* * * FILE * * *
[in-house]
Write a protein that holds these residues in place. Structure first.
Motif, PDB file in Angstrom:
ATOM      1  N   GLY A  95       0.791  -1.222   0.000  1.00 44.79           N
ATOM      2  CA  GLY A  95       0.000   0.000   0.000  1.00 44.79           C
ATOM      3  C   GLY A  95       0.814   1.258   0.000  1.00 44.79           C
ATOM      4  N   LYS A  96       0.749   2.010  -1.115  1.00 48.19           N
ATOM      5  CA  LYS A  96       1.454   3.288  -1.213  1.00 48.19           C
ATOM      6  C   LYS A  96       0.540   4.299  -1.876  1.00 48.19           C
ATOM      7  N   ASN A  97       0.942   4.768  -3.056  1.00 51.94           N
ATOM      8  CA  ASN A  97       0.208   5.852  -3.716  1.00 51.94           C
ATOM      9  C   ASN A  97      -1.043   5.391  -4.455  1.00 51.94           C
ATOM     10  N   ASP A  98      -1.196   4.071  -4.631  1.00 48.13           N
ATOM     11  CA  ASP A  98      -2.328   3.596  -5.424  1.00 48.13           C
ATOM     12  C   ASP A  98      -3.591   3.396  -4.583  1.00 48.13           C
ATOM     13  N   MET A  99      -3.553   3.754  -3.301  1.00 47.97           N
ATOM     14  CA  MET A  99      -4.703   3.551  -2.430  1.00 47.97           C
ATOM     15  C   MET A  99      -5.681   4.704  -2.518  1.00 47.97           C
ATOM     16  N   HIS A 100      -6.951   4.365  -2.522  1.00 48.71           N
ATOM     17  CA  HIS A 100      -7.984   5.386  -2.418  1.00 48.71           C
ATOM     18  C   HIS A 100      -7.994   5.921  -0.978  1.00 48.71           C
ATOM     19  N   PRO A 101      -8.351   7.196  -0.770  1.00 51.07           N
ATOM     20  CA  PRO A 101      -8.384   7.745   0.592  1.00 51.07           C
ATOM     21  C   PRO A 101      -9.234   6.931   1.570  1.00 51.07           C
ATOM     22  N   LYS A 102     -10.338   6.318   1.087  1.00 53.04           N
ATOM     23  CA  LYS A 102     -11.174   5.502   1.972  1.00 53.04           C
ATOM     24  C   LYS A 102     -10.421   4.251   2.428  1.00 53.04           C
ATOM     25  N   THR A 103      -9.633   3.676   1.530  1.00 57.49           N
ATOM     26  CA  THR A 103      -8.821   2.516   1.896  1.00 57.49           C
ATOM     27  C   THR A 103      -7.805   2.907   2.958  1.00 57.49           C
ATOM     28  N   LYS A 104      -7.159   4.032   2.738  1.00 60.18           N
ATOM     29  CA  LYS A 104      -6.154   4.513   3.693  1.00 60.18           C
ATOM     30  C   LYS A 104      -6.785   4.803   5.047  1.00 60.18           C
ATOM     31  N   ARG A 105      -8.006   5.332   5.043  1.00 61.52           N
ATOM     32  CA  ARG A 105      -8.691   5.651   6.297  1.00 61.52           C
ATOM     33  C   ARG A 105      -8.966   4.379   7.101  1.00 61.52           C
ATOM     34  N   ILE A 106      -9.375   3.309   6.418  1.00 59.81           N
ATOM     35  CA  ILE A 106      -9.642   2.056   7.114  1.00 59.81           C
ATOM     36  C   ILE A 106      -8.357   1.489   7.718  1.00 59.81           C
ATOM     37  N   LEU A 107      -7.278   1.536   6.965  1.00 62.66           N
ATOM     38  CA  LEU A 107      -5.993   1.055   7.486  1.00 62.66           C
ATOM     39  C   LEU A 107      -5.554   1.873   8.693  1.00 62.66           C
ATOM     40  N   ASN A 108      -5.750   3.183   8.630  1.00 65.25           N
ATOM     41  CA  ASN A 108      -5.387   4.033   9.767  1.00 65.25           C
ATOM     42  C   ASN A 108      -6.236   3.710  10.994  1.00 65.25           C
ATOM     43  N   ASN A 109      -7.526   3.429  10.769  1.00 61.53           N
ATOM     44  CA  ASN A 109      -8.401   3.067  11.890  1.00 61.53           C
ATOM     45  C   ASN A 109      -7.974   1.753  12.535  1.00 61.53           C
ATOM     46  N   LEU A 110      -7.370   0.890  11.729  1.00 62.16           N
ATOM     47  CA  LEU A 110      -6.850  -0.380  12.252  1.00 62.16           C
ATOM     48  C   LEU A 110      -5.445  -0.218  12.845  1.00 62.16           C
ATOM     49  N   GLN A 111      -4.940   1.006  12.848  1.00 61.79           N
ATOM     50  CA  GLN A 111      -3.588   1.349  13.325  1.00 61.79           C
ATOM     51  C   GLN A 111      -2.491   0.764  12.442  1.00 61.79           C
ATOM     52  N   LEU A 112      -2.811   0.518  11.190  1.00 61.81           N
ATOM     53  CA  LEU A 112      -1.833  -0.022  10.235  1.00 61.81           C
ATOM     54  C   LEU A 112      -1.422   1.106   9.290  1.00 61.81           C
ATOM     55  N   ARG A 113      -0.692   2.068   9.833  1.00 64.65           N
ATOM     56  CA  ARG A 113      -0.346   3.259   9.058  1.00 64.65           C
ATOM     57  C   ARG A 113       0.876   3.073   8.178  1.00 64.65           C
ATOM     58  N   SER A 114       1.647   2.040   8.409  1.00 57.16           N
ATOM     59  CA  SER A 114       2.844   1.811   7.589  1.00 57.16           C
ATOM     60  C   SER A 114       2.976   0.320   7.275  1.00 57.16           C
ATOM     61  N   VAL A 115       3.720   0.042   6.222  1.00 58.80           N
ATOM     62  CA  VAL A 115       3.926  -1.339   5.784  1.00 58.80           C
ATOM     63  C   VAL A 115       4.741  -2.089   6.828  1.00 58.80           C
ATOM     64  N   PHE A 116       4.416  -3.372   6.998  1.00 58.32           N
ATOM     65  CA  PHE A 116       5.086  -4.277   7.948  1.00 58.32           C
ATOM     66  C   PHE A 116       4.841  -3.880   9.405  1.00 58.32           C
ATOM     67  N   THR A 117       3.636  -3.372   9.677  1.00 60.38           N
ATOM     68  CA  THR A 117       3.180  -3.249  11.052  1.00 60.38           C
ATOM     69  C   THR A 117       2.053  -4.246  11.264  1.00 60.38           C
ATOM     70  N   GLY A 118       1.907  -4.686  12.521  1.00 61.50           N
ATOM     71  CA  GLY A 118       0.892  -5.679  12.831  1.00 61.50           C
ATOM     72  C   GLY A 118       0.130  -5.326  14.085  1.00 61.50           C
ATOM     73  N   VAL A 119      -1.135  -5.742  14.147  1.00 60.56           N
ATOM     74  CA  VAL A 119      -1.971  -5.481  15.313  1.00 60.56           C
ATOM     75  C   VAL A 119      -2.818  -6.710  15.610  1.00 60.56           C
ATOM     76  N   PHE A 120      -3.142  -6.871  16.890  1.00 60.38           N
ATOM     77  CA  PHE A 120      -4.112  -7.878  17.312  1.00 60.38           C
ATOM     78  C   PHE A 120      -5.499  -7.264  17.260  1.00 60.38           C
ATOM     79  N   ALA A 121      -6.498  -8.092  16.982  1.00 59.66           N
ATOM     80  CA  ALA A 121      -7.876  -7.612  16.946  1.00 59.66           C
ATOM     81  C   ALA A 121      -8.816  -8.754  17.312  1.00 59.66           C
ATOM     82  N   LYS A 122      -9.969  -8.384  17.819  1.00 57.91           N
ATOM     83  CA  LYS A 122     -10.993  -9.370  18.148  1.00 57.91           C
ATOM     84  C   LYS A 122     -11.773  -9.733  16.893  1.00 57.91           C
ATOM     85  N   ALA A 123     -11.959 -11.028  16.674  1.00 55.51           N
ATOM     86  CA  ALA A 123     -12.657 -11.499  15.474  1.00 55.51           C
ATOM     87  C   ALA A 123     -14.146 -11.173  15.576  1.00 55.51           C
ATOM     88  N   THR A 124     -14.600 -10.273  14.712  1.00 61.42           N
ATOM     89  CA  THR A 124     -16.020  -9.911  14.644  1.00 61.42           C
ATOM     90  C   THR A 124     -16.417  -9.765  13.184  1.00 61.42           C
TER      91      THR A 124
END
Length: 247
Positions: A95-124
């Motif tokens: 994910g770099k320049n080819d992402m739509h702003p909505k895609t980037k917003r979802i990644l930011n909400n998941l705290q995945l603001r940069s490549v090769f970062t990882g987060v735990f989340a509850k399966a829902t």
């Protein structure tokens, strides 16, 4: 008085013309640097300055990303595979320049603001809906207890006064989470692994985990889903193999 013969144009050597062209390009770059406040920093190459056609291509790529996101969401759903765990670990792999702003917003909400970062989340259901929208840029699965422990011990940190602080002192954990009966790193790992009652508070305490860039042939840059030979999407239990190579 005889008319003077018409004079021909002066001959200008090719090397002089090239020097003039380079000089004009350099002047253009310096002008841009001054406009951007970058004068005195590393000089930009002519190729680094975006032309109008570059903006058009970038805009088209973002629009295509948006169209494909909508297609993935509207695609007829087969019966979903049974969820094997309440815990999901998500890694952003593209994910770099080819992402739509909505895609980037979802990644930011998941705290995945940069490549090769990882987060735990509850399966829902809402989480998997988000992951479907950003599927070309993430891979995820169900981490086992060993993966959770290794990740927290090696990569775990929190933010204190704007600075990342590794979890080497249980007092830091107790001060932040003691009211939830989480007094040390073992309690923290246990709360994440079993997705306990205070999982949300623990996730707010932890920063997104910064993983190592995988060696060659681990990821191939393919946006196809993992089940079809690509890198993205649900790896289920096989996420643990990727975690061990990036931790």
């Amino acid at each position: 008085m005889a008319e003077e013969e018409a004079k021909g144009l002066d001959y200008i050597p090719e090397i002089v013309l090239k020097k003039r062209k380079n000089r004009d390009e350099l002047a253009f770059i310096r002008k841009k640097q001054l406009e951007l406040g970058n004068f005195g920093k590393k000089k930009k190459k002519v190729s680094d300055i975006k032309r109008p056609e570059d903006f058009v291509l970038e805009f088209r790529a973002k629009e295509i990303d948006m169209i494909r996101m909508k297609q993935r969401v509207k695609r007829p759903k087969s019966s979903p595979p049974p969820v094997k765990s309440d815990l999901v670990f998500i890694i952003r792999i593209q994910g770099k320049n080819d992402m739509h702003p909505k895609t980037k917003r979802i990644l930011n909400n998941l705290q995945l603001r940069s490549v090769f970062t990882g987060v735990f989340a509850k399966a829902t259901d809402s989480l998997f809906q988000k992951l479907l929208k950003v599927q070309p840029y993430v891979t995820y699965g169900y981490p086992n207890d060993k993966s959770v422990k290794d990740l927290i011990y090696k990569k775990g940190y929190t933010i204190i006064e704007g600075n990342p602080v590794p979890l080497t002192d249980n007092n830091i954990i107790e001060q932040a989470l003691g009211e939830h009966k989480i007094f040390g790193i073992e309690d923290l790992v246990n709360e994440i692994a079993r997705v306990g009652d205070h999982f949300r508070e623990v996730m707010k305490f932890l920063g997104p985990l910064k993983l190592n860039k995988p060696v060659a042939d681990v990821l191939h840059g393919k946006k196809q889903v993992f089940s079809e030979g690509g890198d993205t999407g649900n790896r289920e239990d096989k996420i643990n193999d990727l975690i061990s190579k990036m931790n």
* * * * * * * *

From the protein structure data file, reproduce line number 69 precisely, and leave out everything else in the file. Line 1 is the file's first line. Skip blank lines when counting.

ATOM     66  C   PHE A 116       4.841  -3.880   9.405  1.00 58.32           C